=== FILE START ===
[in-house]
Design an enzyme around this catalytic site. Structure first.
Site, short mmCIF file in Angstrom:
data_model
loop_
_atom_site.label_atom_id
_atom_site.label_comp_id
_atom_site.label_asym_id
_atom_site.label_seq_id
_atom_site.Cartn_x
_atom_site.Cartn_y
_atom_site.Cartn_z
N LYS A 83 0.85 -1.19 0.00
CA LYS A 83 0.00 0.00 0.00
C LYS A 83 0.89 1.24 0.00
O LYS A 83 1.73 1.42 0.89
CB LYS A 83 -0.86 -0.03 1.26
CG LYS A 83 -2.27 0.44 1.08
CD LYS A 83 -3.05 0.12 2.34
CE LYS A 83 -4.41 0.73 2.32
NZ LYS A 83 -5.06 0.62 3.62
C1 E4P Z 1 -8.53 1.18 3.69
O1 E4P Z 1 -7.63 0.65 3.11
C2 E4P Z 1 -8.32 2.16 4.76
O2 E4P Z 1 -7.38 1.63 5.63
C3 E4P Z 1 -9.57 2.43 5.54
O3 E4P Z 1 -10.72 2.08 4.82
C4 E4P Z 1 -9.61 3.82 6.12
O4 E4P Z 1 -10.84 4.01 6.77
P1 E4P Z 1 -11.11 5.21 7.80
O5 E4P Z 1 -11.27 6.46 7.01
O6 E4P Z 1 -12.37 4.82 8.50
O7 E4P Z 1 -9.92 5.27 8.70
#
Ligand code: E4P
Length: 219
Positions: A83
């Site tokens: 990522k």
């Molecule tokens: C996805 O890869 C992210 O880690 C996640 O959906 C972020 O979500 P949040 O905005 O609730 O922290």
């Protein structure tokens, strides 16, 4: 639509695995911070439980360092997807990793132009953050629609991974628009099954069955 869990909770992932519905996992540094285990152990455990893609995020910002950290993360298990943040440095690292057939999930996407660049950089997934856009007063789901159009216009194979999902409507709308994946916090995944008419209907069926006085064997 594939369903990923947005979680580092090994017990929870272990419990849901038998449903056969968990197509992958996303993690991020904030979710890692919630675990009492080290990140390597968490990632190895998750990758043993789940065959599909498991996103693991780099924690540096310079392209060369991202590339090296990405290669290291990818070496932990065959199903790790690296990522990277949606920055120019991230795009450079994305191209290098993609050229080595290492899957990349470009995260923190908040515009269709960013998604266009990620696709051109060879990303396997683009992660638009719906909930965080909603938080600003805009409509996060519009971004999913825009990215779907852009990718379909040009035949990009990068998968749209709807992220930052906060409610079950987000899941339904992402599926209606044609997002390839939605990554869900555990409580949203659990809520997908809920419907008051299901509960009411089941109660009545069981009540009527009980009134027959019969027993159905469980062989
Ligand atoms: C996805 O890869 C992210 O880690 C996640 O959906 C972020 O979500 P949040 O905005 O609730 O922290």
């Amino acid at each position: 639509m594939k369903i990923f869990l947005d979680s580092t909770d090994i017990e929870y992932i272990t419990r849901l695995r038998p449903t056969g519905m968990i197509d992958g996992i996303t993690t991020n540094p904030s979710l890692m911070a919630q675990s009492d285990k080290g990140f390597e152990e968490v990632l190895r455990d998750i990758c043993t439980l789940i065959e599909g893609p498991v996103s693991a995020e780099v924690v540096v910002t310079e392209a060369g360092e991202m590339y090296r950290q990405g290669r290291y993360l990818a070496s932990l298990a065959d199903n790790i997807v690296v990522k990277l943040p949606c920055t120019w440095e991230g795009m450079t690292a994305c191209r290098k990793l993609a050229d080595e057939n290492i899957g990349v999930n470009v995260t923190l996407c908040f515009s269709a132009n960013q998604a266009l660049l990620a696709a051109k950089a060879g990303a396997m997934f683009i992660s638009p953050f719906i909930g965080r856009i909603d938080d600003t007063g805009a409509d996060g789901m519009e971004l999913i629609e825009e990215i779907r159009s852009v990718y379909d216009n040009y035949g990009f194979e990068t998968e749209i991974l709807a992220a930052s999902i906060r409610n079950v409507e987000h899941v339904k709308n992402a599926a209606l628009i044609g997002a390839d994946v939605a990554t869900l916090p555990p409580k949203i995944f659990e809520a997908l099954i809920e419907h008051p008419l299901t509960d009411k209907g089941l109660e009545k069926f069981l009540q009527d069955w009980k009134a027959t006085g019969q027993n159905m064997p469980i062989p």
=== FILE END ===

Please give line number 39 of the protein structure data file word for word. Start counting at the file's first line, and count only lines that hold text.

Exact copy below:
């Molecule tokens: C996805 O890869 C992210 O880690 C996640 O959906 C972020 O979500 P949040 O905005 O609730 O922290």